The global economy is strong. Europe has finally recovered from the self-inflicted wounds of austerity that followed the great recession. The economies of Asia are doing well. But investors are waking up to the reality that the cool headed stable management of the economy by Janet Yellen and President Obama is over. The euphoria that followed the huge corporate tax cut has been replaced by fear of inflation. The optimism that deregulation would increase corporate profits has been replaced by fear of the increased risk that comes from the lack of government oversight of markets.
Nothing has fundamentally changed in the economy in the last week. The job market is stable and the apparent jump in worker’s wages was actually barely keeping up with inflation over the past year for non-supervisory workers. Supervisors took the lion’s share of the wage increases so there still isn’t inflationary pressure from rising wages. bonddad.blogspot.com/...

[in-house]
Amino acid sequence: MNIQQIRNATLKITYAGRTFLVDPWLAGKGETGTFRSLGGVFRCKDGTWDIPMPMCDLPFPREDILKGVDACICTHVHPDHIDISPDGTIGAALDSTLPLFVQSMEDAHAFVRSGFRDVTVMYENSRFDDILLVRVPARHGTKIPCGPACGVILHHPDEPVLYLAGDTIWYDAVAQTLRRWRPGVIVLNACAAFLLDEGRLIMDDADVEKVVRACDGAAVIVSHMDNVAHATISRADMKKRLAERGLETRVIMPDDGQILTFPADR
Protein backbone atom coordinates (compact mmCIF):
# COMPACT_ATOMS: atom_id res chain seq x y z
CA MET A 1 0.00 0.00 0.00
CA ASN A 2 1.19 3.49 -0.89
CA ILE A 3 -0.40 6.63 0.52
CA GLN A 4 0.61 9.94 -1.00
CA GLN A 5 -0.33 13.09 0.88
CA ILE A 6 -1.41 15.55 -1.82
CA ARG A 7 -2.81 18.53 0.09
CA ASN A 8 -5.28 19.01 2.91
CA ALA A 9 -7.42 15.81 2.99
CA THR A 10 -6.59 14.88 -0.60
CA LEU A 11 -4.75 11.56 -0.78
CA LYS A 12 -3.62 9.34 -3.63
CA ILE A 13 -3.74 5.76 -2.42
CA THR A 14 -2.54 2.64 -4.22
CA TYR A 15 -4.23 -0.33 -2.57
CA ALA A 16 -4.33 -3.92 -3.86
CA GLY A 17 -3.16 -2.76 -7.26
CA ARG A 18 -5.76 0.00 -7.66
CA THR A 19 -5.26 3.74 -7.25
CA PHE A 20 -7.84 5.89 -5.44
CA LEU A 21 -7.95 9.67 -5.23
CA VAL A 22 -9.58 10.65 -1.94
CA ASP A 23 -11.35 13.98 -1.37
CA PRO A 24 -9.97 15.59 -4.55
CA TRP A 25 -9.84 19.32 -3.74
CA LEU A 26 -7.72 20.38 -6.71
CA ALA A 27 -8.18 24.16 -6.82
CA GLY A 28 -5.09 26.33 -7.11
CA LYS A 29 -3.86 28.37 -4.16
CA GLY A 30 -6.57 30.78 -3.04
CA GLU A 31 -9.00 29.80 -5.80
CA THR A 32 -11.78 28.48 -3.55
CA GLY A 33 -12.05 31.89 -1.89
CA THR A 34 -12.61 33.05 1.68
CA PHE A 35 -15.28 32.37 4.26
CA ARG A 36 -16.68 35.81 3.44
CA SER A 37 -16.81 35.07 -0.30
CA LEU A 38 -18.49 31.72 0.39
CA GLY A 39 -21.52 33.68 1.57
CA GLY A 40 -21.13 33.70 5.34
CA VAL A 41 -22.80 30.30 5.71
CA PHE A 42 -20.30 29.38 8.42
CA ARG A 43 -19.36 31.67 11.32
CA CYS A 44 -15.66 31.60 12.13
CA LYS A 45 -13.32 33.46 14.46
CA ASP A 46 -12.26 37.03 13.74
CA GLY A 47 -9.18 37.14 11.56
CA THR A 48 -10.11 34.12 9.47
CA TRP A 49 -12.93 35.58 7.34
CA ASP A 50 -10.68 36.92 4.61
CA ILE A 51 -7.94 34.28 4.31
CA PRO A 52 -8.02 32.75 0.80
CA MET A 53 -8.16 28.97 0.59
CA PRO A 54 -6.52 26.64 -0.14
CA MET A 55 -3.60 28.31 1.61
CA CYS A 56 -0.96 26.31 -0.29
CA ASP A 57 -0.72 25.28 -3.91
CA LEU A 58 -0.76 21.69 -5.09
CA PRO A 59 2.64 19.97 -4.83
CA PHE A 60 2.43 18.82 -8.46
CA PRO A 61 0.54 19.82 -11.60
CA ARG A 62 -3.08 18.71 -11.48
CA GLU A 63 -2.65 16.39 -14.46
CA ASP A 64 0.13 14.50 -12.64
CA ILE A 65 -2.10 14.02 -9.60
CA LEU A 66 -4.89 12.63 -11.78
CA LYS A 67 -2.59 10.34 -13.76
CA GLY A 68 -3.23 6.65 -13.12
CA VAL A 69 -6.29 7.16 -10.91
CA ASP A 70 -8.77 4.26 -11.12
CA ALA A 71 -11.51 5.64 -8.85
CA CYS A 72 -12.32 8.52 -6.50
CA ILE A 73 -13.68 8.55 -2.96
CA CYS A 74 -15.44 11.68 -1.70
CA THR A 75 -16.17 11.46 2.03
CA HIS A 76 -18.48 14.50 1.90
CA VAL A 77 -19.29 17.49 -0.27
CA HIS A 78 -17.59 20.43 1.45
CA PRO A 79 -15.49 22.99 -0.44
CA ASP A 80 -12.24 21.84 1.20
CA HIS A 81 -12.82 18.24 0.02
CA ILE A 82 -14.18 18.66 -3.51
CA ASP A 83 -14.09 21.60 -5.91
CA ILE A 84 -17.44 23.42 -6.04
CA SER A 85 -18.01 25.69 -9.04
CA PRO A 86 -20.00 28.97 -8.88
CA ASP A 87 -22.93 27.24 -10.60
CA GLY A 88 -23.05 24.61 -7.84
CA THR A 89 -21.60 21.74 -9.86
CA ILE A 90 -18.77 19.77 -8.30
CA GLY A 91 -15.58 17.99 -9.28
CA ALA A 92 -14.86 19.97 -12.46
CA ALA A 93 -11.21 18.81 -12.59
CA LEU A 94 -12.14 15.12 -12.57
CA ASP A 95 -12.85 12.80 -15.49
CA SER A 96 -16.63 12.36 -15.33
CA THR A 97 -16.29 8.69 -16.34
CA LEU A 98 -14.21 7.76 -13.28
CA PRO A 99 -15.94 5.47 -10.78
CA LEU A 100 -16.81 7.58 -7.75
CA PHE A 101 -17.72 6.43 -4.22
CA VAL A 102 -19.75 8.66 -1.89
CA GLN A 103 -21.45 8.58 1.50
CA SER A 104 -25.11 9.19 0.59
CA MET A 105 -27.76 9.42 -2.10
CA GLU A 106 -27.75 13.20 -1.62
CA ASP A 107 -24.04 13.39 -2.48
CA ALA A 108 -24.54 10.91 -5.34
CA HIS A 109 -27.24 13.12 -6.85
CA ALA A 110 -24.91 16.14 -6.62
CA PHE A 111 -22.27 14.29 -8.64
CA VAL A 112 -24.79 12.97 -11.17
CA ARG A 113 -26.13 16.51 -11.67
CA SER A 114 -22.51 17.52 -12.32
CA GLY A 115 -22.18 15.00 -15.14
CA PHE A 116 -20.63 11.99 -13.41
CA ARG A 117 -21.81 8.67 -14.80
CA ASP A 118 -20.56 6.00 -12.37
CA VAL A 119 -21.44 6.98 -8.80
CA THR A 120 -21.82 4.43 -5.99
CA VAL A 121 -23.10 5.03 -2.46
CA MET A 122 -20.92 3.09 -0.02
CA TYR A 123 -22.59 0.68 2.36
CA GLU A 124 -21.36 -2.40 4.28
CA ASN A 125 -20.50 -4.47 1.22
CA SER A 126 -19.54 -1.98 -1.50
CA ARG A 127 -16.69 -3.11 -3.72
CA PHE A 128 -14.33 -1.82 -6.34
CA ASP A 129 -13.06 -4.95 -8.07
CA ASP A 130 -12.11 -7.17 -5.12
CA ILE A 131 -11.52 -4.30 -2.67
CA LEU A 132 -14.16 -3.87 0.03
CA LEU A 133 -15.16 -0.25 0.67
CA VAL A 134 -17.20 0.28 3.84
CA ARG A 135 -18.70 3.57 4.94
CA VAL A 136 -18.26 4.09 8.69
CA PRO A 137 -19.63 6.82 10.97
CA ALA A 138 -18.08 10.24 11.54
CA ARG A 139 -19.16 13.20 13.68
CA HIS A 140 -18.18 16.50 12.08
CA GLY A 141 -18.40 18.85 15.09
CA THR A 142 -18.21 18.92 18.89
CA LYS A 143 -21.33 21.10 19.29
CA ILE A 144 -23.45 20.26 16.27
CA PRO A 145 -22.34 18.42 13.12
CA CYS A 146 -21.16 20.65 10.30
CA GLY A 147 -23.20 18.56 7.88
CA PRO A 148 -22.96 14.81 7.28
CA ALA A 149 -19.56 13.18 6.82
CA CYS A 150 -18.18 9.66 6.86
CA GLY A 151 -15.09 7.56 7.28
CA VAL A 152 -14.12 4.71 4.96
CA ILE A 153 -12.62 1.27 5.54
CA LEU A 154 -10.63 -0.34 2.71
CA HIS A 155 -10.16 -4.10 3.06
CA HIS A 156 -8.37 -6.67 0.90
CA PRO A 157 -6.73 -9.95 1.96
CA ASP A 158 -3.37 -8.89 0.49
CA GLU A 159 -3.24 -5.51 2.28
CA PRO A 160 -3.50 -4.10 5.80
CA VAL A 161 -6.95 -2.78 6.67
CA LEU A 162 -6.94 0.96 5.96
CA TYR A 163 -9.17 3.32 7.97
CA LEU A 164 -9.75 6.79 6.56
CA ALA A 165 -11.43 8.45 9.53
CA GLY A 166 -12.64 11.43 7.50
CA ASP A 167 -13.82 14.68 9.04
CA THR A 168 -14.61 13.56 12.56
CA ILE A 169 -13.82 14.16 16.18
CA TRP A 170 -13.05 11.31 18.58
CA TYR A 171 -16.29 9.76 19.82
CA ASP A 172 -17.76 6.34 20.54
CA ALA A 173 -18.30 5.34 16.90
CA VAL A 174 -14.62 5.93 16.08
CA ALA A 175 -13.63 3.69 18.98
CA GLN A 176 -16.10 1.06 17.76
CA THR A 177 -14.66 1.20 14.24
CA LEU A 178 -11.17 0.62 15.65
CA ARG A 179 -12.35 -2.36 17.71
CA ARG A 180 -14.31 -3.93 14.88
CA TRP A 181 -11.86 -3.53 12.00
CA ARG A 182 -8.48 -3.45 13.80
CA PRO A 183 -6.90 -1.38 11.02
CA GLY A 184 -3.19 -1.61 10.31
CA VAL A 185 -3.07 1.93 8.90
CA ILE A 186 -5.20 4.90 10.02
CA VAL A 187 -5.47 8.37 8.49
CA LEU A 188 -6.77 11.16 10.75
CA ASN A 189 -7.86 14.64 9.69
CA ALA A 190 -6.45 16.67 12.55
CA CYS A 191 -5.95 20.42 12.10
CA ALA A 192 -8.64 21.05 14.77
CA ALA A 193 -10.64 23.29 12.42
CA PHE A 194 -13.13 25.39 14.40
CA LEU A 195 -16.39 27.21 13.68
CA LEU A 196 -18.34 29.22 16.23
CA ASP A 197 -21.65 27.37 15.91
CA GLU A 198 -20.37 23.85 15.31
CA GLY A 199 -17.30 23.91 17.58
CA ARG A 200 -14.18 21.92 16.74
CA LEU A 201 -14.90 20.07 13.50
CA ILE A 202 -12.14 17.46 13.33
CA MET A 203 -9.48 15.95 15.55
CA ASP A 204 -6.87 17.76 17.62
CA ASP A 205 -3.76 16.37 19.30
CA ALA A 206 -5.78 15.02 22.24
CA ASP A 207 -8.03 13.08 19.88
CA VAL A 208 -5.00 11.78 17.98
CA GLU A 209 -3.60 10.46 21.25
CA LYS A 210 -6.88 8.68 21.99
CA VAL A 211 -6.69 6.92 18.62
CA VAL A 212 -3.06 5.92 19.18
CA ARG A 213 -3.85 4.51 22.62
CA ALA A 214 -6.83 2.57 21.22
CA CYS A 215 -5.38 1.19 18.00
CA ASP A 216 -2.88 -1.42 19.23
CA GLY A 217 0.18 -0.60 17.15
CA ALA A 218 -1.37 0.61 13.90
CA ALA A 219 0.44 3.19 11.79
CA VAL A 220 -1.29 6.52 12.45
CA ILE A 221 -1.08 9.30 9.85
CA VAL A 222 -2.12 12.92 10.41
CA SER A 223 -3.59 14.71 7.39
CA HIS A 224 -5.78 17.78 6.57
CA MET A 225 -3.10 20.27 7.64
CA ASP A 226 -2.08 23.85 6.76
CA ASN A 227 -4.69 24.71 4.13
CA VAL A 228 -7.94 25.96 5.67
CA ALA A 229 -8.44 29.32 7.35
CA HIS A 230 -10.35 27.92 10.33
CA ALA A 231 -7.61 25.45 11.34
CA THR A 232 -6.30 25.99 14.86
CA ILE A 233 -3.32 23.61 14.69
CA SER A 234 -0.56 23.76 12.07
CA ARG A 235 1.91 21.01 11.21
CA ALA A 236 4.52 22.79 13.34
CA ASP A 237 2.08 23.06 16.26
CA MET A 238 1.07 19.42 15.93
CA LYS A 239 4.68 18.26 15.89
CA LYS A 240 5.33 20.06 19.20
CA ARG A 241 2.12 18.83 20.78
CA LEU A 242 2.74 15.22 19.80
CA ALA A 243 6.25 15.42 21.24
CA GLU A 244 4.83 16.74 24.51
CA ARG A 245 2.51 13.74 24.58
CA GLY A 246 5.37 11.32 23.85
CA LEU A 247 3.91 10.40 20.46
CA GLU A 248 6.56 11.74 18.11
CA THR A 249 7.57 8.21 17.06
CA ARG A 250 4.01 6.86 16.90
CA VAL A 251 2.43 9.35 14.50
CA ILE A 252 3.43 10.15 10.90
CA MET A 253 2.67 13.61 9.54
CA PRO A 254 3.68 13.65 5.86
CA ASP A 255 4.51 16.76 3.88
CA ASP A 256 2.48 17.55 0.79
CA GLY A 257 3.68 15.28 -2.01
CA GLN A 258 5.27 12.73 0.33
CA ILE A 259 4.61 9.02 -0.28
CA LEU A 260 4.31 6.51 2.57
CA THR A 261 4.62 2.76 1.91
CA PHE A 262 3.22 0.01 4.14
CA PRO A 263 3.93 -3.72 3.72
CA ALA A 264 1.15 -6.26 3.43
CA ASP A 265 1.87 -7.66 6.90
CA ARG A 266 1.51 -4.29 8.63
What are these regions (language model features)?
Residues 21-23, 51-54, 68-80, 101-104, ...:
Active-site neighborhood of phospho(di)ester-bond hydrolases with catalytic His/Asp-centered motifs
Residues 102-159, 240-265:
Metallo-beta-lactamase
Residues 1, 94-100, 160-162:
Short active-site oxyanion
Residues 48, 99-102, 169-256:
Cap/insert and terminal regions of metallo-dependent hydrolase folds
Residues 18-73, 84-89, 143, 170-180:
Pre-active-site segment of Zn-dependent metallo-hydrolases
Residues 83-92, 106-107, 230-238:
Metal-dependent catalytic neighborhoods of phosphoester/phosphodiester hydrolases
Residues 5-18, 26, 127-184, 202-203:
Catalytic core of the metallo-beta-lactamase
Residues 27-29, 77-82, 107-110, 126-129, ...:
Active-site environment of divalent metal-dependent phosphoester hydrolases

What has changed is the perception of risk by professional investors. With the economy approaching full employment and with government bond yields beginning to recover from near zero levels, investors holding long term bonds face the prospect of potential large losses in bond values. With rising interest rates yields on new bonds become more appealing compared to stocks. Thus investors are foreseeing the possibility of lower stock prices and losses on bonds they hold now.
Today’s market drop is not an indicator of a fundamental change in the economy or that a recession is imminent. It is a return to reality by investors who have awakened to the risks of overvalued markets in the U.S. and the lack of prudent economic management by the Trump administration. Trump and the Republicans may call themselves conservatives but from an economic perspective they are risk takers and Obama was a cautious conservative. Investors who seek prudent management of their money would do well to invest in corporations and assets in northern Europe, not the U.S.